The history of women religious has matured over the last several decades beyond localized community history designed for insiders, or the members of the particular religious community.  While community history has not been abandoned as this volume indicates, new questions, borrowed from women’s and religious history, are now asked.  This is evident in Bruno-Jofré’s efforts to understand how and why the Missionary Oblate Sisters were founded as well as who were the central figures in this community’s development.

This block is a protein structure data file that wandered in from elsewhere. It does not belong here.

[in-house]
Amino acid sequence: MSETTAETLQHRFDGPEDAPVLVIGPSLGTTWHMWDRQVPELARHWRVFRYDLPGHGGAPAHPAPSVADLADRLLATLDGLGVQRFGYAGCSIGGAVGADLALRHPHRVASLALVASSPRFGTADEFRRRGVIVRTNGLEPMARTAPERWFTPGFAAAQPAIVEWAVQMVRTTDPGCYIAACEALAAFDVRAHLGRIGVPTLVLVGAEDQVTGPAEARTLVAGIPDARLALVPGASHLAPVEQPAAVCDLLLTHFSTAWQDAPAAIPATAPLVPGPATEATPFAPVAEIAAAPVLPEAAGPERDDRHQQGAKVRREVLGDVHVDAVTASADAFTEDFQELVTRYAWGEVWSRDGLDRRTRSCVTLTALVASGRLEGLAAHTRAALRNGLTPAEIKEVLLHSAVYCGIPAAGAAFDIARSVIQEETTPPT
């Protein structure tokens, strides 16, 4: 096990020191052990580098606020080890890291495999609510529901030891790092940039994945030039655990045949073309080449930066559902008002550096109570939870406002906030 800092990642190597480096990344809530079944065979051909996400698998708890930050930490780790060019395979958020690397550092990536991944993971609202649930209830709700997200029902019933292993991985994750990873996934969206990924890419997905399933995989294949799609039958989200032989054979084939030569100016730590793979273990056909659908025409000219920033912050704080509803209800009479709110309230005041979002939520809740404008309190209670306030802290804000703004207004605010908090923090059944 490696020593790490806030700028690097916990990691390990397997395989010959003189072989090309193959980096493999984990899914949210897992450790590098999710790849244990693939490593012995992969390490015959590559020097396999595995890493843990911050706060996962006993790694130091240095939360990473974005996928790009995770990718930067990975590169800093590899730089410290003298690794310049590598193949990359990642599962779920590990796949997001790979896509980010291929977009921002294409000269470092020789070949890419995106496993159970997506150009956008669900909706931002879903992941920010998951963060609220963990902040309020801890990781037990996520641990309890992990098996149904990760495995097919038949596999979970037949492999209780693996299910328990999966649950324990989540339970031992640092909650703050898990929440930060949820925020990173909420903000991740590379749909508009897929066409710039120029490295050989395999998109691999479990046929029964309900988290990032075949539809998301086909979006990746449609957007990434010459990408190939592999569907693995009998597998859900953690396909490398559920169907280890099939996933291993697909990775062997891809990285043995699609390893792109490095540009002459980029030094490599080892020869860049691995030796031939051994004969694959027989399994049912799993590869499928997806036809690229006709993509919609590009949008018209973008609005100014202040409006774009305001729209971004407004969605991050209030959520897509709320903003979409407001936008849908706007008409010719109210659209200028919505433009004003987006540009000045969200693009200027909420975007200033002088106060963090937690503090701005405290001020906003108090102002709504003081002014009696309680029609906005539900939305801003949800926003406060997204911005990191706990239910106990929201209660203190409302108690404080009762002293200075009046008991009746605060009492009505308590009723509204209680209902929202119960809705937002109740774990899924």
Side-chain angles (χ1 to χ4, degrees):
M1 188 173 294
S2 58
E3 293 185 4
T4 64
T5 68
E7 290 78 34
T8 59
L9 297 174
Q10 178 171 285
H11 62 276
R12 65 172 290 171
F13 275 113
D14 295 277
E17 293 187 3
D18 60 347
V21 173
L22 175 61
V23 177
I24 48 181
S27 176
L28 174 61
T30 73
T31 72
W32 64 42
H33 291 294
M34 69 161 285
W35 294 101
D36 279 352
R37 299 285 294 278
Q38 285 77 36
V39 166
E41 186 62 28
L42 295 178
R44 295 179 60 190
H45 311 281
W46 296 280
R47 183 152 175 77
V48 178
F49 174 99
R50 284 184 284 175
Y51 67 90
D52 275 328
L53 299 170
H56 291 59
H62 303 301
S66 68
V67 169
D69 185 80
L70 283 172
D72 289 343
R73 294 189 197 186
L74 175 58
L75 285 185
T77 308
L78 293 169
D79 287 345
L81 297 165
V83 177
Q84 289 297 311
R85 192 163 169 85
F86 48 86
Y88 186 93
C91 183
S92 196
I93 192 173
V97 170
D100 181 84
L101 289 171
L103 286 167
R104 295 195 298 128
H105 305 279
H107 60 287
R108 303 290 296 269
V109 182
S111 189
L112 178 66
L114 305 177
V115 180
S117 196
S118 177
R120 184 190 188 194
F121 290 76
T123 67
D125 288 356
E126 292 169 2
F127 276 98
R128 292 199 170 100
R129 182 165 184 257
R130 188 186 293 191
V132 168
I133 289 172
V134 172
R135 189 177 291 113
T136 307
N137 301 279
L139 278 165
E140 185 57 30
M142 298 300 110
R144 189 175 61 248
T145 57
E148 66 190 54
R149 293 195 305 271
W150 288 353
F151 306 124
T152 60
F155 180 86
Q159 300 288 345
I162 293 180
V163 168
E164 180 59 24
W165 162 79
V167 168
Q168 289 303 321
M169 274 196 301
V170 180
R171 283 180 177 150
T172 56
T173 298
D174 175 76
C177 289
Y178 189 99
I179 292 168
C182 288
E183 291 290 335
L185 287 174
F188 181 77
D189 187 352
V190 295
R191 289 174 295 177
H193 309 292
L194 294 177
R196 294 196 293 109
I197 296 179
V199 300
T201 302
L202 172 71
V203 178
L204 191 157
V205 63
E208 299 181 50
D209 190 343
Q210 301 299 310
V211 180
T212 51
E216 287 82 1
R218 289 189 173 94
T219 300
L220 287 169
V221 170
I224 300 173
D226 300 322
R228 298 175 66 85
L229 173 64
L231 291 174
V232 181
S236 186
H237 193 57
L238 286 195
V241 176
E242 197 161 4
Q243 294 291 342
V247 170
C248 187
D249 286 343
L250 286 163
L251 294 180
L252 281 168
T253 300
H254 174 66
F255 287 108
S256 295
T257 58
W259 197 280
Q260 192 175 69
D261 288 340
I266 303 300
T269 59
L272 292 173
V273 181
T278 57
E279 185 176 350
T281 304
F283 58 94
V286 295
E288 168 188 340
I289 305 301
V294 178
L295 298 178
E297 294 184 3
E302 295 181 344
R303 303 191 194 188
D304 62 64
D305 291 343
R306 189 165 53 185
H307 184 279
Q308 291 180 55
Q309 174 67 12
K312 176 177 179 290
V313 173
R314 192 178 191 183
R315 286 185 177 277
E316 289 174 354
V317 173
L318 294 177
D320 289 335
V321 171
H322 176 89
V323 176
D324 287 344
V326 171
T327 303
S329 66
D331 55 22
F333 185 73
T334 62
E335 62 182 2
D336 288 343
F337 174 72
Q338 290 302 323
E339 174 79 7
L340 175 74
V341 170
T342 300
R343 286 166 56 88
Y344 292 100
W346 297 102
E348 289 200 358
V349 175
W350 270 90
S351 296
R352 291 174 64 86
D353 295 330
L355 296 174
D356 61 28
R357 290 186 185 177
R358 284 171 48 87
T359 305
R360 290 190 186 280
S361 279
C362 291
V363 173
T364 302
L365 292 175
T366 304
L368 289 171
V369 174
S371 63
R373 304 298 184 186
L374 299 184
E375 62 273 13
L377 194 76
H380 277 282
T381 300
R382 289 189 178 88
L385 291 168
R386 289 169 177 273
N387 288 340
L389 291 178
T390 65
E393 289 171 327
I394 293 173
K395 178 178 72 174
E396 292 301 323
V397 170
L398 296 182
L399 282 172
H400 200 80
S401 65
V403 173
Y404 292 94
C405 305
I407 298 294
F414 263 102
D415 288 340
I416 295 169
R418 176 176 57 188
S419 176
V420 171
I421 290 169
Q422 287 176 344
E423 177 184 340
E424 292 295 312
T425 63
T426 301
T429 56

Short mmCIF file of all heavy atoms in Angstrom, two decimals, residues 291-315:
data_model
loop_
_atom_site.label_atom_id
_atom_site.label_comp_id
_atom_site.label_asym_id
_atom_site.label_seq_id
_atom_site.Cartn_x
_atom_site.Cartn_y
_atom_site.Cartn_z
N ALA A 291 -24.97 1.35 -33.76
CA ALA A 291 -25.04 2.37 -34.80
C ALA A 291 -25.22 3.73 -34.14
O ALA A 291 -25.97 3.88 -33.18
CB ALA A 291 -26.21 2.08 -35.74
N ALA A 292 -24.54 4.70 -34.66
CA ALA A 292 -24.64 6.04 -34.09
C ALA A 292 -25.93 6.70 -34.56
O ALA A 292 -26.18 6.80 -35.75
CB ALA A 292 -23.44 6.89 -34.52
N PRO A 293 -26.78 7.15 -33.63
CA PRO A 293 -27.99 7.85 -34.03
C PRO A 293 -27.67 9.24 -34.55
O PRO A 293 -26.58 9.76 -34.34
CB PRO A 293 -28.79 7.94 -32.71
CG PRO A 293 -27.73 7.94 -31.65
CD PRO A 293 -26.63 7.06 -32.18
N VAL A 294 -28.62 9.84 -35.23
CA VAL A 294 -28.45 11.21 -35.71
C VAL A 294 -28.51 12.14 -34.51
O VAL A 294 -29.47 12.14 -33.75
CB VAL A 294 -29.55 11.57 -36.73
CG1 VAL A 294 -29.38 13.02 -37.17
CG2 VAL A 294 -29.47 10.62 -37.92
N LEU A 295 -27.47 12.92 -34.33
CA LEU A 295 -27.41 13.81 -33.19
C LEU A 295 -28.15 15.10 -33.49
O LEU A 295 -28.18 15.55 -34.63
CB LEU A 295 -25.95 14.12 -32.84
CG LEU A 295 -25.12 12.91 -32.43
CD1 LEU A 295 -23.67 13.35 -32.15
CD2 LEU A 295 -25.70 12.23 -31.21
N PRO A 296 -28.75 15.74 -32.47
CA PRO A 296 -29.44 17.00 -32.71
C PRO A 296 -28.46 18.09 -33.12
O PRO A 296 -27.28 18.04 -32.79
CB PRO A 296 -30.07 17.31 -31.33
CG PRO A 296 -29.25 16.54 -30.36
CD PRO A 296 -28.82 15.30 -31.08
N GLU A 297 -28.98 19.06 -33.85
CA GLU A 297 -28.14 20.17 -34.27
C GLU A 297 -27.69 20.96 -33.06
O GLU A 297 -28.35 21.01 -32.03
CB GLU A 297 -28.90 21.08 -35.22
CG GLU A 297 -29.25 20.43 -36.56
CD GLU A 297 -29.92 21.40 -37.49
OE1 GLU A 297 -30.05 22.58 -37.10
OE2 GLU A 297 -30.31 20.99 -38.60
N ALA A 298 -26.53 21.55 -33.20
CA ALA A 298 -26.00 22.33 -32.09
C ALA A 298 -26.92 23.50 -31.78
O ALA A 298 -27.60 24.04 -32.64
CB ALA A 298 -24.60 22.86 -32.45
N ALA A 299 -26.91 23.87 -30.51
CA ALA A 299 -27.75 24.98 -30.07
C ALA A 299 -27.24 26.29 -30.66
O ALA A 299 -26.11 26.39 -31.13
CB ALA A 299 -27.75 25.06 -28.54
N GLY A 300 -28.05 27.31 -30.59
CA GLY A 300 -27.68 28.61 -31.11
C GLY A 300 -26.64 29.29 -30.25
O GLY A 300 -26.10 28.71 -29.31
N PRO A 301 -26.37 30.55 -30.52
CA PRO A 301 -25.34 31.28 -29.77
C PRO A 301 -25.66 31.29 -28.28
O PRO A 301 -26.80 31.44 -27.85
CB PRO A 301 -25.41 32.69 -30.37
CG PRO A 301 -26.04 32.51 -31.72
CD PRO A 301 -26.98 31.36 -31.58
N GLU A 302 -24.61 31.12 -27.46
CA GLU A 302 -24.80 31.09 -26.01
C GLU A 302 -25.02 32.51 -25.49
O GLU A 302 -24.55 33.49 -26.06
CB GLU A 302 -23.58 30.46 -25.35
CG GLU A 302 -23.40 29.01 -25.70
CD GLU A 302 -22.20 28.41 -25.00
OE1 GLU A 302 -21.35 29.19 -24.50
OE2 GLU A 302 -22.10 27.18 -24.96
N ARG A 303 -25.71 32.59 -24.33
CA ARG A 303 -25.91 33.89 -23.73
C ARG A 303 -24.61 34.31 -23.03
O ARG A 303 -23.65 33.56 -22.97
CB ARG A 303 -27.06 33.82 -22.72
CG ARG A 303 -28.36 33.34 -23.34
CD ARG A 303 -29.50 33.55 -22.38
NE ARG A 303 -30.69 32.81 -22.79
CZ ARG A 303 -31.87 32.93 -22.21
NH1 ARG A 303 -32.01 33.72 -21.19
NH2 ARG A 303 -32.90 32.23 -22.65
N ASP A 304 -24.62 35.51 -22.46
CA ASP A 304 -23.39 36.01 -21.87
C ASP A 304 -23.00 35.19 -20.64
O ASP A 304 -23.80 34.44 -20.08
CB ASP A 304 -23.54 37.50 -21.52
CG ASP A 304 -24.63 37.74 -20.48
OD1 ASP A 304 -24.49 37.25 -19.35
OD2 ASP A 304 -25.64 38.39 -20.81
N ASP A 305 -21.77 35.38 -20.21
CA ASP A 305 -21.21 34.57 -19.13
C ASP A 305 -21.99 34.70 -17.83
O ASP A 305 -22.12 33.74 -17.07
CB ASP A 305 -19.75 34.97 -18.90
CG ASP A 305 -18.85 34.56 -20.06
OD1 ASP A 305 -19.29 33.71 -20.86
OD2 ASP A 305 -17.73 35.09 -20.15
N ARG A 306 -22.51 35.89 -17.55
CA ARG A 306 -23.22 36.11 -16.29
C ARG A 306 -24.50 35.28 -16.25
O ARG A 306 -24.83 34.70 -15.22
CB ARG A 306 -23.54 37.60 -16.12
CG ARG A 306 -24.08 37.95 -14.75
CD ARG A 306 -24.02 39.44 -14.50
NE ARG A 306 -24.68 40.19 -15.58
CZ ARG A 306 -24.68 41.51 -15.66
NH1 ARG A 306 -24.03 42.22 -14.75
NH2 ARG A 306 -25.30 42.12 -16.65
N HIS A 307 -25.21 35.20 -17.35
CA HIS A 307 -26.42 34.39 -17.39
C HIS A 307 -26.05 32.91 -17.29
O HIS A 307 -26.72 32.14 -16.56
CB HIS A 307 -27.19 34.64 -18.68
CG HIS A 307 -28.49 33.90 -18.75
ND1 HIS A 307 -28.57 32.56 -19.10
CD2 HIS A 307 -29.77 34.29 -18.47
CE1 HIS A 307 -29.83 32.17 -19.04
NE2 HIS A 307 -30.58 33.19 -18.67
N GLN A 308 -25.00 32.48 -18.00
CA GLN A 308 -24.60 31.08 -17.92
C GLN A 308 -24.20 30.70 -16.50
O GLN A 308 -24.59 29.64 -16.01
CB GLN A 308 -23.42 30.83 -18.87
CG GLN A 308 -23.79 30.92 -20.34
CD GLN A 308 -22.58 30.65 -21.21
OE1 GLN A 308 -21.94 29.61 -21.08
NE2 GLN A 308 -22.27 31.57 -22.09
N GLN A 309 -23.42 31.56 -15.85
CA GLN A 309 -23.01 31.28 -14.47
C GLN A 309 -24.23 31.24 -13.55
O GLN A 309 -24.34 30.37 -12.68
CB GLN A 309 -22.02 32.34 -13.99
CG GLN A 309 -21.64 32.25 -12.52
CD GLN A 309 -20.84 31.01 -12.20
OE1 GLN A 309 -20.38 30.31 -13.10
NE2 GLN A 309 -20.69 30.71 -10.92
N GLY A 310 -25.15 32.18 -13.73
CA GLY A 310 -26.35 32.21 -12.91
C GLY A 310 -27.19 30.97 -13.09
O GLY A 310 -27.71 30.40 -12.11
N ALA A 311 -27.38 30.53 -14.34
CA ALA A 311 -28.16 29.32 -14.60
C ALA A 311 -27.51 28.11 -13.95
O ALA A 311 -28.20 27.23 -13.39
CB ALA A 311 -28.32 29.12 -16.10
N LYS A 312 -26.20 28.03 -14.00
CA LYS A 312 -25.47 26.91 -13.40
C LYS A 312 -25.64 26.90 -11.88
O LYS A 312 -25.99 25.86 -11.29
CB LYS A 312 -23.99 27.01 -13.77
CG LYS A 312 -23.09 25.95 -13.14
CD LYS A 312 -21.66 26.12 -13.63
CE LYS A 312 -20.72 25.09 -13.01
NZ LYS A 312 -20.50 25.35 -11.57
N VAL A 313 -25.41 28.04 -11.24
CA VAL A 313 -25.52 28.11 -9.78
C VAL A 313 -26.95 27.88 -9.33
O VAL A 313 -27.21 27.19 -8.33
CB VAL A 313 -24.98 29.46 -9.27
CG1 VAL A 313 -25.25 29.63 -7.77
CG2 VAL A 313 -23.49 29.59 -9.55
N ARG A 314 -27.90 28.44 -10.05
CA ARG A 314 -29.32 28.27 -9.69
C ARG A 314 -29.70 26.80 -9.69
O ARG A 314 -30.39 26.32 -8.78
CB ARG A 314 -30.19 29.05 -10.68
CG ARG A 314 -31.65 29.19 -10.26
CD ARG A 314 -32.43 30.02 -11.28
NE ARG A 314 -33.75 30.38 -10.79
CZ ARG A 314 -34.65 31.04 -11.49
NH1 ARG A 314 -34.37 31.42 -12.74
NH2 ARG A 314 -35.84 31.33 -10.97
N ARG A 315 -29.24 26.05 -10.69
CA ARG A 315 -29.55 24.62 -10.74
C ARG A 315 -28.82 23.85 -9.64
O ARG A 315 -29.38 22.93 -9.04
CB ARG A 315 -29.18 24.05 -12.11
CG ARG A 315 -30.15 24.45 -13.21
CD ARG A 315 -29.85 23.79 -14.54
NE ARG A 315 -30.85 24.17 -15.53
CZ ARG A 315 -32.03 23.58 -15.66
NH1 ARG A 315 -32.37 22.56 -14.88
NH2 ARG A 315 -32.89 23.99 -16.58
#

In 1904, Archbishop Monseigneur Adélard Langevin of St. Boniface established the Missionary Oblate Sisters of the Sacred Heart and Mary Immaculate with the purpose of serving the French Canadian Catholics of Manitoba.  At the beginning of this project, the author found that the current community did not fully understand the nature of its own foundation and Langevin’s motives.  Bruno-Jofré asserts that the community was established “as a form of ‘protestation’ in the aftermath of the Manitoba school question” and to combat Anglicization of the common schools. (p. xv)   The author uncovers the reality of the foundation period where a male clerical authority imposed his will upon a group of young women in order to fight his own religious battles in Manitoba.  Convinced of the rightness of his cause, Langevin pushed for the foundation of the Missionary Sisters.  He handpicked young women to establish and lead this new community, despite their own religious wishes to the contrary.  Bruno-Jofré’s discussion of Ida Lafricain’s painful personal struggle against Langevin’s desire as she became the head of this new community exemplifies the forceful nature of the Archbishop.  Lafricain had no interest in joining this new community and was happy living and working in Montreal with her close friend, Délia Tétreault, in the École Apostolique (a missionary school for women intended for the African and Chinese missions). Langevin not only pressured Tétreault to convince Lafricain to leave Montreal, but he also persuaded Lafricain’s confessor, Father J. Emile Foucher to accept the call to missionary work in Manitoba.  Ultimately, Lafricain did enter the Missionary Oblate Sisters and became Sister St. Viateur.  Langevin’s relationship with the new community did not end with the collection of its first members.  He wrote its first constitutions and assumed a close fatherly relationship with the sisters, directing its spiritual identity long after the foundation period.